Early Christianity-Is the Record Sound?
Is the Bible Really the Word of God?
The Bible record is climaxed by its account of early
Christianity. Written in Greek in the first century of our Common
Era, this account relates the teachings and the powerful works
attributed to Jesus Christ and his apostles. In its pages, Jesus is
quoted as saying that he spoke 'the truth that he heard from God.'
(John 8:40). And the apostle Paul reports that believers accepted its
message, "not as the word of men, but, just as it truthfully is, as
the word of God." (1 Thessalonians 2:13)
But do the facts warrant such confidence in the Bible's record of
early Christianity? Is it factual, or does it simply set out the
imaginative writings of religious men?
Of interest in this connection is the comparison made by
Orientalist George Rawlinson, who writes:
"Christianity ... is in nothing more distinguished from the other
religions of the world than in its objective or historical character.
The religions of Greece and Rome, of Egypt, India, Persia, and the
East generally, were speculative systems, which did not even seriously
postulate an historical basis ... it is otherwise with the religion of
But, if this is true of the historical aspects of the record,
what does it indicate as to the teachings themselves? Rawlinson
"Whether we look to the Old or the New Testament, ... we find a
scheme of doctrine which is bound up with facts; which depends
absolutely upon them; which is null and void without them; and which
may be regarded as for all practical purposes established if they are
shown to deserve acceptance." [Reference available]
We have already examined the evidence in connection with the
Hebrew Scriptures, referred to by many as the "Old Testament," and
found these to be sound. Do the facts indicate the same reliability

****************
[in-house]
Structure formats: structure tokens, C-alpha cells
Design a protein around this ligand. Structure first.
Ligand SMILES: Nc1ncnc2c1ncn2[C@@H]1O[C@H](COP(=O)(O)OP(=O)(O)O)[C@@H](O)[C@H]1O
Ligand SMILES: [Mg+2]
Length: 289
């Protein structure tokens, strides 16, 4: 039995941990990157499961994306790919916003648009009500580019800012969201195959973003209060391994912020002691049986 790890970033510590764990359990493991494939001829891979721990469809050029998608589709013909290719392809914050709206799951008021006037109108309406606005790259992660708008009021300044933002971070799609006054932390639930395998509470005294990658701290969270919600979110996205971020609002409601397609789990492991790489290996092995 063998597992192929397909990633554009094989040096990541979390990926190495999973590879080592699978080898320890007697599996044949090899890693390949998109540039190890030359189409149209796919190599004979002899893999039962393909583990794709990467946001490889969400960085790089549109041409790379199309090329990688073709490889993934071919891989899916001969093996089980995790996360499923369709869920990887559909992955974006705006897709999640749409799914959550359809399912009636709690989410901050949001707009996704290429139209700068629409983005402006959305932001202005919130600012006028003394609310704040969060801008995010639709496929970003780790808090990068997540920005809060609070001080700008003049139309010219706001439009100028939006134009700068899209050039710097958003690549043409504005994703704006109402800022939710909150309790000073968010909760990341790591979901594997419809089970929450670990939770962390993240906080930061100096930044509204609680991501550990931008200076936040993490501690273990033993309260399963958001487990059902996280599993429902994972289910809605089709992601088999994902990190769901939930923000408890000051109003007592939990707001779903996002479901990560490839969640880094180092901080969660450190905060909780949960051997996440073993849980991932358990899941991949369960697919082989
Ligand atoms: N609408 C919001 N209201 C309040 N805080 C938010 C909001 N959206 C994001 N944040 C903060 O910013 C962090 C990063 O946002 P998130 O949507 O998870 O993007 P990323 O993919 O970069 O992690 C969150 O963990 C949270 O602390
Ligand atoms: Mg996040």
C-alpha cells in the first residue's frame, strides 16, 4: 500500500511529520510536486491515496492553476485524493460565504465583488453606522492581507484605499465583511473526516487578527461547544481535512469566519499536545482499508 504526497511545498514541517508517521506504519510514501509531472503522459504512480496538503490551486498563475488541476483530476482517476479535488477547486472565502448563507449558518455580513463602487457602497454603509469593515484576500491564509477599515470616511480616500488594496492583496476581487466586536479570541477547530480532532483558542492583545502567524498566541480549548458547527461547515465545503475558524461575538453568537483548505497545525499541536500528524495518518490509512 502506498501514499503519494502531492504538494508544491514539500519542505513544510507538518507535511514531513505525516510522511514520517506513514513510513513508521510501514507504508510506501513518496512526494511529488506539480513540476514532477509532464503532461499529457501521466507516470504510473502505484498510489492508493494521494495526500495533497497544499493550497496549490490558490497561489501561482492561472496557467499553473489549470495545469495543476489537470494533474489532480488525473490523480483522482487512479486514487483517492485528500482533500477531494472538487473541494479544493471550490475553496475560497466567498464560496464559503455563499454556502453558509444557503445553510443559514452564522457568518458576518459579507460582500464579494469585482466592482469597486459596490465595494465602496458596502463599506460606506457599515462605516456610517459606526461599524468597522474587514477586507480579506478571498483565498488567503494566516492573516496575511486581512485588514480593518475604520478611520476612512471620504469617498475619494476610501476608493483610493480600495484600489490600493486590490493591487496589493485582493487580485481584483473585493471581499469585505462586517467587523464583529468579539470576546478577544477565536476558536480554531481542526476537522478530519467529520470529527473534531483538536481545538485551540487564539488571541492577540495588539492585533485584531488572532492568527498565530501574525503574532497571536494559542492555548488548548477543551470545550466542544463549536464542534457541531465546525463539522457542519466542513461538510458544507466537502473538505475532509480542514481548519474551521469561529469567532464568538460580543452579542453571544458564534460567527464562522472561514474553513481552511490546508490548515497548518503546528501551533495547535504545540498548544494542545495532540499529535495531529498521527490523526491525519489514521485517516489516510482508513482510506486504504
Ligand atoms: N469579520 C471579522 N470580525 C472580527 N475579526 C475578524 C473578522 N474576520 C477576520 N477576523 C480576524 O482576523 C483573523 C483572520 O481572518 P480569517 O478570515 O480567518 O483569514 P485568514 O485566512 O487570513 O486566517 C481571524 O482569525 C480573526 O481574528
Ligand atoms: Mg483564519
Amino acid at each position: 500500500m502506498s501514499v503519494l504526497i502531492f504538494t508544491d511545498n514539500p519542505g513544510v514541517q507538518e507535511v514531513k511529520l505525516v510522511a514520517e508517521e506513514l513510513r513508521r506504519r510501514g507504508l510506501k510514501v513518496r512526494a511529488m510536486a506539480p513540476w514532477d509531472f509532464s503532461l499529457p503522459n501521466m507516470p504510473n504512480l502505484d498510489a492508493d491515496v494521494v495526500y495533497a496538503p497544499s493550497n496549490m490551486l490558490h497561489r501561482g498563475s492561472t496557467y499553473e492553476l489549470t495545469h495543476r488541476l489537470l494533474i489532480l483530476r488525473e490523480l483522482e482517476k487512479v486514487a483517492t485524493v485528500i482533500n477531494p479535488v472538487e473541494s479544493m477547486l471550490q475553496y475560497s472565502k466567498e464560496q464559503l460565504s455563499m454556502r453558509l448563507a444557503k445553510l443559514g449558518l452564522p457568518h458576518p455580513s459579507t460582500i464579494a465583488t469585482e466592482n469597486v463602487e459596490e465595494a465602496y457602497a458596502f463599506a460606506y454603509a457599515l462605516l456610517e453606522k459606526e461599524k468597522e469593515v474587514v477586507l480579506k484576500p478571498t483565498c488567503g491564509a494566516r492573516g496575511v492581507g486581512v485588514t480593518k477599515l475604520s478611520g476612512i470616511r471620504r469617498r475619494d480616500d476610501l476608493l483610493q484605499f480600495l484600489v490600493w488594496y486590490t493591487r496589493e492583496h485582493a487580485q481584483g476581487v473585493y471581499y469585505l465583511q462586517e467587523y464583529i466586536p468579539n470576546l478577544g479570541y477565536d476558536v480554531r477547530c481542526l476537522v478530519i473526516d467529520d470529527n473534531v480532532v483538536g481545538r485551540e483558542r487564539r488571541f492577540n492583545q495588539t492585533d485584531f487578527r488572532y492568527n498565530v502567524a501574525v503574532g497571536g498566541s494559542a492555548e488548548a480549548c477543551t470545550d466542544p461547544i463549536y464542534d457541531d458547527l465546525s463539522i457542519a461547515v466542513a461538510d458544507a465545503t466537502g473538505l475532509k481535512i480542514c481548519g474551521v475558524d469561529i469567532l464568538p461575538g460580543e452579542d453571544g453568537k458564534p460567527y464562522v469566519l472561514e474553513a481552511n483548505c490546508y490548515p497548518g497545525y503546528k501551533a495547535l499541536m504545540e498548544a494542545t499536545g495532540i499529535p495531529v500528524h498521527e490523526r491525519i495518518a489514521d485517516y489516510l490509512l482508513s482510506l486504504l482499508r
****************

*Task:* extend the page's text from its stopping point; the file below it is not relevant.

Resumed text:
for the Christian Greek Scriptures, or "New Testament"?
JESUS IS A HISTORICAL PERSON
Let us turn our attention first to Jesus Christ himself. Is it a
historical fact that he lived in Palestine during the early part of
our Common Era?
Tacitus, a Roman historian who lived during the latter part of
the first century C.E., was no Christian. But in his _Annals_ he
stated this fact:
"Christus" [Latin for "Christ"], from whom the name [Christian]
had its origin, suffered the extreme penalty during the reign of
Tiberius at the hands of one of our procurators, Pontius Pilatus
[Pilate]." [References available]
Josephus, who was not a Christian but a Jewish historian in the
first century, also makes mention of Jesus Christ. In his
_Antiquities of the Jews_, Josephus tells of the execution of James
whom he refers to as "the brother of Jesus, who was called Christ." -
Book XX, chap. IX, par. 1.
With good reason, then, Dr. T. R. Glover, lecturer in ancient
history at Cambridge University, says:
"If the ordinary canons of history, used in every other case,
hold good in this case, Jesus is undoubtedly an historical person. If
he is not an historical person, the only alternative is that there is
no such thing as history at all - it is delirium, nothing else; and a
rational being would be better employed in the collection of snuff-
boxes. And if history is impossible, so is all other knowledge."
ARE THE GOSPEL ACCOUNTS WORTHY OF ACCEPTANCE?
Though acknowledging that Jesus Christ actually did live, some
still ask how we can be sure that the accounts of his life as set out
in the four Gospels are accurate. Did Jesus really do the things
recorded in the Bible?
There were no motion pictures or tape recorders in those days.
No one is walking the earth today who lived then. So, we must
obviously rely on the written testimony of persons who lived at that
time. Where is such testimony available? The only detailed accounts
in existence are in the Bible itself. Interestingly, within its pages
are four Gospels, four distinct accounts, all harmonizing, yet each